kids timberland Creativity abounds at Oshun
Among the charms of Oshun, the new downtown restaurant, is hearing guests perk up when you give directions, naming the landmarks that signal its location. Tell people you’ll meet them between the Electric Tower and the Goldome building, and even Buffalo rookies can find the place.
Once I stepped inside, and took in the long room lined with lit murals, before I even scanned the menu of adventurous seafood centered dishes and eight different oyster varieties, I found myself asking, “This is Buffalo?”
It is difficult to explain why a sleek, ambitious restaurant in downtown Buffalo felt so surprising. I had even seen photos. Perhaps my ingrained cynicism, a certain resistance to the “downtown Buffalo revival” storyline, was showing.
Oshun kitchen manager Brett Brennan presents crispy pork cutlets and a cabbage roll with tomato bacon sauce and kohlrabi. (Sharon Cantillon/Buffalo News)
Whatever it was, Oshun has heard a lot of “Ohs” as people step into a space perhaps better known as a shoe store. The bar is to the right, the dining room on the left, with booths and tables and tall glass windows at the corner to take in the cityscape.
Seats are available at an oyster bar, where a blackboard lists the available oysters and other seafood specials. Behind glass, shuckers work on orders of bivalves, which are piled on mountains of shaved ice. An open kitchen reveals cooks hustling to give waiting servers the plates they need.
Despite the big city feel, the pricing is still Buffalo, with nothing over $17.
Chef owner Jim Guarino, who started with Shango Bistro in University Heights, has divided his menu into bivalves, cephalopods, crustaceans and fish, both warm and cold. Meat and “vegetables and grains” appear, too, though there’s no directly vegetarian entree. He noticed me while shucking and came over to say hello.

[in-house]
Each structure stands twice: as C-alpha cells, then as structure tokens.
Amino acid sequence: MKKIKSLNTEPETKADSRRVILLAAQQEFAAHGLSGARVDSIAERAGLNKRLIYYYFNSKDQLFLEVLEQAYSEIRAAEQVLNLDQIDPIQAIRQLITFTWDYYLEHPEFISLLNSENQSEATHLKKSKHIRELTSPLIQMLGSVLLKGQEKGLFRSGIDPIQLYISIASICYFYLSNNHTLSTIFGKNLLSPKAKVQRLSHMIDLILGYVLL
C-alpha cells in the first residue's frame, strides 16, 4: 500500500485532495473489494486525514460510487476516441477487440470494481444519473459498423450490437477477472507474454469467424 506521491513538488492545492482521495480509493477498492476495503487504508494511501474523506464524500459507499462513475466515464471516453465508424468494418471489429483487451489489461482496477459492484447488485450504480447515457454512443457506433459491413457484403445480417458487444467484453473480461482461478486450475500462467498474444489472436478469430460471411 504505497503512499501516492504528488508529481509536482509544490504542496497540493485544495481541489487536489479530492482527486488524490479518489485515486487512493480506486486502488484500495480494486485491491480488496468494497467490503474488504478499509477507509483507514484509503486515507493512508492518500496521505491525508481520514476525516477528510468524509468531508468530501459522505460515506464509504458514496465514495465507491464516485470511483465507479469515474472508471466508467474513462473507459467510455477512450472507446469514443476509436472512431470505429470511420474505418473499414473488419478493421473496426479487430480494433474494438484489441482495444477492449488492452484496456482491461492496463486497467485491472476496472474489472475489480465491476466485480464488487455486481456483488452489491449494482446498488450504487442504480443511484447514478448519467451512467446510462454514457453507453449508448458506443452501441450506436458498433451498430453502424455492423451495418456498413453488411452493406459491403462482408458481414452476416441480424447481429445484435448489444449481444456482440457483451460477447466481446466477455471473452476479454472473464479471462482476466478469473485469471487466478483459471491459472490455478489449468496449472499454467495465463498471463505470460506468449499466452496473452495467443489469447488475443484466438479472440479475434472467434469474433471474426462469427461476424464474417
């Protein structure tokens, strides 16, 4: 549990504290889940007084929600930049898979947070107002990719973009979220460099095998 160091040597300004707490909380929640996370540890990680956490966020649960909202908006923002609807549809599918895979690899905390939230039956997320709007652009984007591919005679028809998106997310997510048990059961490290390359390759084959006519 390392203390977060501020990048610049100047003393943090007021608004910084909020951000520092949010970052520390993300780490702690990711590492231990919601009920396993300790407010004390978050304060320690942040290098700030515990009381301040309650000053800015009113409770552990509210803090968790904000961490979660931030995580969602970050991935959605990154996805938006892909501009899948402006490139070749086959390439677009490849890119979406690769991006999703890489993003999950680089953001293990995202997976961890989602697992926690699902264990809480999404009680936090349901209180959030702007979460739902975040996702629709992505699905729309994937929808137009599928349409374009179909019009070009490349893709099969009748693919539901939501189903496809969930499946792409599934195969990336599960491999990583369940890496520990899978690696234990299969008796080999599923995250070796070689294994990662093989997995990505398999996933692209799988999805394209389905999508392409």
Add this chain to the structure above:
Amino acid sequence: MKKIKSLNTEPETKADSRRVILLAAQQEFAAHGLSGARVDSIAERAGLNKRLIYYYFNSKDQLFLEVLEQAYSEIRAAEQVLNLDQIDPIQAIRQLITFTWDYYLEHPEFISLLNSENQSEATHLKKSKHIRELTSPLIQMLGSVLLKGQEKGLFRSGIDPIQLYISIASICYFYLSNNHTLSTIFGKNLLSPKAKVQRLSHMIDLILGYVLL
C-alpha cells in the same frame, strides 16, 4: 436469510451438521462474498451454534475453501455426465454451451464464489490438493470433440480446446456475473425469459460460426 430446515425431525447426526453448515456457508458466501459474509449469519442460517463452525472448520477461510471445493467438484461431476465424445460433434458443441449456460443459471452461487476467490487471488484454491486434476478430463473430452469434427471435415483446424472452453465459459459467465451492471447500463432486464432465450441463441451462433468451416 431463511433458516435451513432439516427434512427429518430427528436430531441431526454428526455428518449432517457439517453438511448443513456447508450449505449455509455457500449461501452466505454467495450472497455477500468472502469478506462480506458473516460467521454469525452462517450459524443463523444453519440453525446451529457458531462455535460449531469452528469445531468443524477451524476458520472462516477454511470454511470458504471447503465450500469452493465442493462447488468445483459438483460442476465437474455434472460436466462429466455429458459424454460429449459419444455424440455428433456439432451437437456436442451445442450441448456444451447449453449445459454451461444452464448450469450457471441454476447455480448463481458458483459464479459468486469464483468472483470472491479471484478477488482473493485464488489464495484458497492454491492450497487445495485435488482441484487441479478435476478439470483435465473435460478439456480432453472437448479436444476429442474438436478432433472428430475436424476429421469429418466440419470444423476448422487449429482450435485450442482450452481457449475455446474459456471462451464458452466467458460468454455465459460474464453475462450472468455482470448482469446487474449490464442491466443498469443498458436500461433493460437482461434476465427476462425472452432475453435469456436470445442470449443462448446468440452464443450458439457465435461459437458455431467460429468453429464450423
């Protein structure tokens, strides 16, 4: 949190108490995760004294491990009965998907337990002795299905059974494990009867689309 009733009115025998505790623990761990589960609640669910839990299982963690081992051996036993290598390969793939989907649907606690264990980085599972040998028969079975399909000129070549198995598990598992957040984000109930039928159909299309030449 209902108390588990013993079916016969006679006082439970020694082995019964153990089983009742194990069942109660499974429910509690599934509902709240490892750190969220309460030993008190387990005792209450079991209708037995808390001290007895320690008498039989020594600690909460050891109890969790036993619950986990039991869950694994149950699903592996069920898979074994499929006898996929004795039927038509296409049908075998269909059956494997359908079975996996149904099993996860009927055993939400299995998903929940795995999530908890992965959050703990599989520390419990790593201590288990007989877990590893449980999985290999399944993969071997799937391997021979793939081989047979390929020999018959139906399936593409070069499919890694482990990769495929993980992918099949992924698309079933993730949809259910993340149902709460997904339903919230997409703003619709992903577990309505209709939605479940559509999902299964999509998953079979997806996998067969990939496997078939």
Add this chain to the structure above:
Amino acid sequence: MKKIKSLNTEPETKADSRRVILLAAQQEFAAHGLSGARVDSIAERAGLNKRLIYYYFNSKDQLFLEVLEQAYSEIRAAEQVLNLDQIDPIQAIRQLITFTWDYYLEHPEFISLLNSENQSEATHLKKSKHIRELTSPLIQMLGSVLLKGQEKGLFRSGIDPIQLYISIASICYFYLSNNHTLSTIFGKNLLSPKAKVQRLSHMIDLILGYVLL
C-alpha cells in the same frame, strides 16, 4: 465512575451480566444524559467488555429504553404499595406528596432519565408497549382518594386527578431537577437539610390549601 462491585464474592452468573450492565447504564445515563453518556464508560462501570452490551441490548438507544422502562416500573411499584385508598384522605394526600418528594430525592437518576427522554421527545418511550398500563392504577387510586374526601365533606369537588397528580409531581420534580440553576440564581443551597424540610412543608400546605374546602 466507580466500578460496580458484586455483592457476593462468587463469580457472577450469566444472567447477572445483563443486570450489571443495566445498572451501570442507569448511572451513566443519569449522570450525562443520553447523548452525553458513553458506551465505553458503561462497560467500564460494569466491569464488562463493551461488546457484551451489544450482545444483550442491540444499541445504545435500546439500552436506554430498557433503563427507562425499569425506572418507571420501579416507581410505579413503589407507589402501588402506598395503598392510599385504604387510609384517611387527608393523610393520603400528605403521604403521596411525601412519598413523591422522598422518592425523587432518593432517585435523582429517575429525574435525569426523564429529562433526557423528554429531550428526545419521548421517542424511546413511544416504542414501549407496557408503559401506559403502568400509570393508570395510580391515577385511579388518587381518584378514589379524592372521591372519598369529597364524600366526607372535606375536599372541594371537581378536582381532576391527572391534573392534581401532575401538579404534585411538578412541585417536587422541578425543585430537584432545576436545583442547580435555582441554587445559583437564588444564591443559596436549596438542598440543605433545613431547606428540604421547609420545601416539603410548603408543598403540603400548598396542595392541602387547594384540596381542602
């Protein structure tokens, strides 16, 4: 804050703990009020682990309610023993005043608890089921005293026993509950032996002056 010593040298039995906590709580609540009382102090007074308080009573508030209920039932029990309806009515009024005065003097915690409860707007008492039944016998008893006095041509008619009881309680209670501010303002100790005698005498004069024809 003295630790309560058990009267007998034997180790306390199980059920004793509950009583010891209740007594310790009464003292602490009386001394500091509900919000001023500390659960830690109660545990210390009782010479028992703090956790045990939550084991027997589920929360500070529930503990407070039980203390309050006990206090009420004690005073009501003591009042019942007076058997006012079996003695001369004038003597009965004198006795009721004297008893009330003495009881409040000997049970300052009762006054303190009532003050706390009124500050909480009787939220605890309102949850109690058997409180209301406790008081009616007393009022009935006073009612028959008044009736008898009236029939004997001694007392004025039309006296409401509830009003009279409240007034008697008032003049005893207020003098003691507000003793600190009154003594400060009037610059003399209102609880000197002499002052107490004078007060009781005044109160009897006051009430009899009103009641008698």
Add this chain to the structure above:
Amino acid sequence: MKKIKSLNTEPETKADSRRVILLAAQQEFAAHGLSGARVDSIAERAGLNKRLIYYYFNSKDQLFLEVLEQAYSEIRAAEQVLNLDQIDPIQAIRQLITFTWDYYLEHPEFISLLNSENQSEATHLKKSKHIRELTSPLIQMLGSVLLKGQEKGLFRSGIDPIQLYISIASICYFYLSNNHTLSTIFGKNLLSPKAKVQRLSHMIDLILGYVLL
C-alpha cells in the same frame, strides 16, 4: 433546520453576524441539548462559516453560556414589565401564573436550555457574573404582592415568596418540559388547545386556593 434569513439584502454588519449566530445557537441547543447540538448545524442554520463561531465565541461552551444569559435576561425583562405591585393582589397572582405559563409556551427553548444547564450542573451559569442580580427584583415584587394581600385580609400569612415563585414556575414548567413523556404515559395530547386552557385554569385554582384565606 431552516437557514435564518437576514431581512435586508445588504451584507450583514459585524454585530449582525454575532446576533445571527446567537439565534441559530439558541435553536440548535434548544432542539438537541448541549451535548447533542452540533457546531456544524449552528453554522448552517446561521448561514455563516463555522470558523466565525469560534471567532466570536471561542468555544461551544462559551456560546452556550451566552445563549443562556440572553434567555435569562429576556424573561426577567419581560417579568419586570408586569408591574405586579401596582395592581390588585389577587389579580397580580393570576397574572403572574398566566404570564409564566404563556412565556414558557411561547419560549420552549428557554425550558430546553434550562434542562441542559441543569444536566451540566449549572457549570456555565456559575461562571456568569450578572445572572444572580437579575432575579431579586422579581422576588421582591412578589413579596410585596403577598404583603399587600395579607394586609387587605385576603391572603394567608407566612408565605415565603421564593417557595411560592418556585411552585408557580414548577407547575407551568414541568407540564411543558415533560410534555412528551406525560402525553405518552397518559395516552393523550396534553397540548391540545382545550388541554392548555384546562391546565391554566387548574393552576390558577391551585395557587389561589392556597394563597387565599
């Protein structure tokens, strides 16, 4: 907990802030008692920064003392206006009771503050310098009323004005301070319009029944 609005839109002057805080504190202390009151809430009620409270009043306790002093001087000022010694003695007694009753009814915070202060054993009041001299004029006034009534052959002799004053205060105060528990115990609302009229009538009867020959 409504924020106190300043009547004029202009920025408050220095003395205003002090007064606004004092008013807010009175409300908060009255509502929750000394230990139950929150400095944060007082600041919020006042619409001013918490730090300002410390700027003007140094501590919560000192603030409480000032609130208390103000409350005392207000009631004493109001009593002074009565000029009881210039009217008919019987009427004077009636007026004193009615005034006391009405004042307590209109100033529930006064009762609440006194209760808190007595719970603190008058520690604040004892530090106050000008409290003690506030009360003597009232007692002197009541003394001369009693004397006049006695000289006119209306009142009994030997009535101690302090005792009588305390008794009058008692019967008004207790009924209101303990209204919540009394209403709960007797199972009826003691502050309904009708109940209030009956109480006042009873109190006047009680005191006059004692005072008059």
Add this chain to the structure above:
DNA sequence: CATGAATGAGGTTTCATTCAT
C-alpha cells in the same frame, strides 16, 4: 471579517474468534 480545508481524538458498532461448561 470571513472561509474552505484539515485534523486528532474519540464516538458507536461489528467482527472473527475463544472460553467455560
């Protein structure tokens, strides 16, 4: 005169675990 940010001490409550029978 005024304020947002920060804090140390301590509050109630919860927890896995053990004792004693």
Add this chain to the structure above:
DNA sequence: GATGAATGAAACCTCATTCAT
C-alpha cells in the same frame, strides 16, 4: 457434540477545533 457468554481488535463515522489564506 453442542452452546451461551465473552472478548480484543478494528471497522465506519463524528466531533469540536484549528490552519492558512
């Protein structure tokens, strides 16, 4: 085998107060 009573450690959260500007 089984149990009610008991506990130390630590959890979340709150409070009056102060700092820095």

The oyster bar at Oshun, Jim Guarino’s restaurant that specializes in seafood in downtown Buffalo. (Sharon Cantillon/Buffalo News)
If your ideal seafood treatment is minimal intervention, Oshun will either convert you, or make you angry. Most dishes I tried exhibited overt creativity, with unexpected ingredients. That can be a blessing, or a curse, depending on your palate, and the dish.
Delicious successes included an appetizer of seared bay scallops ($10) over coconut rice with tangy tomatillos and freshly popped corn. It was bizarre to look at, one bite scallops hidden under a snowy blanket. I found it an engaging detour through sweet and sour, soft and crunchy, with popcorn an odd but able companion to tender nubs of seafood.
If that sounds just too freaky, I commend the fried catfish ($12) to your attention. Often muddy in flavor, these filets were cast in a wispy crust and raised up with smoky bacon vinaigrette that was so terrific I wondered why I never had it before. It was served with a fresh slaw of chayote, radish and scallion, which helped cut its richness.
Shrimp with cornbread, melon balls, coffee sauce and jalapeo ($12) was another off the charts combination whose flavors pleased. Sweetness from melon, a bitter note from coffee, and shaved red onion framed the plump shrimp well.
The whole roasted rainbow trout with grilled pear salad and Manchego cheese. (Sharon Cantillon/Buffalo News)